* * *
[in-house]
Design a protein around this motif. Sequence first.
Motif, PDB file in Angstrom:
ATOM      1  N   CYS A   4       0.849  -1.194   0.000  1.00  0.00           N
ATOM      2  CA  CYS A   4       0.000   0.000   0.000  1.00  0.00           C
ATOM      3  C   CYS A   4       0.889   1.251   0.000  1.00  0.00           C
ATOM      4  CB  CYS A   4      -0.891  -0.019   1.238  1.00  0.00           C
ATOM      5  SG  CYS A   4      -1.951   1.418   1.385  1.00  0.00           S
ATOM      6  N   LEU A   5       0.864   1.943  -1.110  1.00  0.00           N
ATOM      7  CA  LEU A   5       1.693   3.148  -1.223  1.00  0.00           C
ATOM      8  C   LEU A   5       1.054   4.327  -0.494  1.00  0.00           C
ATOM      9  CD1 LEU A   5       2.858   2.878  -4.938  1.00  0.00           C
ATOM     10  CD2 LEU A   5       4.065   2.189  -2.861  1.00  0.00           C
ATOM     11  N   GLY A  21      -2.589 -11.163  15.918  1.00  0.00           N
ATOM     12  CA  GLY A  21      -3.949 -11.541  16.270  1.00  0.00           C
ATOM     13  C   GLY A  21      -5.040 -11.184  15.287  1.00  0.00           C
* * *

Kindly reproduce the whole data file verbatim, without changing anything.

[in-house]
Design a protein around this motif. Sequence first.
Motif, PDB file in Angstrom:
ATOM      1  N   CYS A   4       0.849  -1.194   0.000  1.00  0.00           N
ATOM      2  CA  CYS A   4       0.000   0.000   0.000  1.00  0.00           C
ATOM      3  C   CYS A   4       0.889   1.251   0.000  1.00  0.00           C
ATOM      4  CB  CYS A   4      -0.891  -0.019   1.238  1.00  0.00           C
ATOM      5  SG  CYS A   4      -1.951   1.418   1.385  1.00  0.00           S
ATOM      6  N   LEU A   5       0.864   1.943  -1.110  1.00  0.00           N
ATOM      7  CA  LEU A   5       1.693   3.148  -1.223  1.00  0.00           C
ATOM      8  C   LEU A   5       1.054   4.327  -0.494  1.00  0.00           C
ATOM      9  CD1 LEU A   5       2.858   2.878  -4.938  1.00  0.00           C
ATOM     10  CD2 LEU A   5       4.065   2.189  -2.861  1.00  0.00           C
ATOM     11  N   GLY A  21      -2.589 -11.163  15.918  1.00  0.00           N
ATOM     12  CA  GLY A  21      -3.949 -11.541  16.270  1.00  0.00           C
ATOM     13  C   GLY A  21      -5.040 -11.184  15.287  1.00  0.00           C